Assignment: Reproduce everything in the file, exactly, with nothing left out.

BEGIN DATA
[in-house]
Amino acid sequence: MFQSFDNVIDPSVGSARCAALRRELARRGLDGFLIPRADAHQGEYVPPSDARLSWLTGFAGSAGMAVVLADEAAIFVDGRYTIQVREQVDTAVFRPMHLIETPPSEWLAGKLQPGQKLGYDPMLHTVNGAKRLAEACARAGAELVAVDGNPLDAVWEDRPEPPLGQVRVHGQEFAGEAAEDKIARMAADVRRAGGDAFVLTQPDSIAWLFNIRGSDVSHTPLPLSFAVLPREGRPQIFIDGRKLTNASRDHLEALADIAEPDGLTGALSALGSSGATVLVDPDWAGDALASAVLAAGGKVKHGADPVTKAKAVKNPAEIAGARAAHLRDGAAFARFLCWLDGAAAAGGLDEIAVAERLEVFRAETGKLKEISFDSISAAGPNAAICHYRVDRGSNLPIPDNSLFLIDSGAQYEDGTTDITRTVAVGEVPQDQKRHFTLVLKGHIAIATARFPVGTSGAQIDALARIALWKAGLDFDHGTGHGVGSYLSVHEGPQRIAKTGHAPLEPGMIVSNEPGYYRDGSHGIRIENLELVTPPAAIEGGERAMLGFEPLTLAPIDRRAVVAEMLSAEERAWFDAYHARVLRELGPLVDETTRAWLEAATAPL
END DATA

[in-house]
Amino acid sequence: MFQSFDNVIDPSVGSARCAALRRELARRGLDGFLIPRADAHQGEYVPPSDARLSWLTGFAGSAGMAVVLADEAAIFVDGRYTIQVREQVDTAVFRPMHLIETPPSEWLAGKLQPGQKLGYDPMLHTVNGAKRLAEACARAGAELVAVDGNPLDAVWEDRPEPPLGQVRVHGQEFAGEAAEDKIARMAADVRRAGGDAFVLTQPDSIAWLFNIRGSDVSHTPLPLSFAVLPREGRPQIFIDGRKLTNASRDHLEALADIAEPDGLTGALSALGSSGATVLVDPDWAGDALASAVLAAGGKVKHGADPVTKAKAVKNPAEIAGARAAHLRDGAAFARFLCWLDGAAAAGGLDEIAVAERLEVFRAETGKLKEISFDSISAAGPNAAICHYRVDRGSNLPIPDNSLFLIDSGAQYEDGTTDITRTVAVGEVPQDQKRHFTLVLKGHIAIATARFPVGTSGAQIDALARIALWKAGLDFDHGTGHGVGSYLSVHEGPQRIAKTGHAPLEPGMIVSNEPGYYRDGSHGIRIENLELVTPPAAIEGGERAMLGFEPLTLAPIDRRAVVAEMLSAEERAWFDAYHARVLRELGPLVDETTRAWLEAATAPL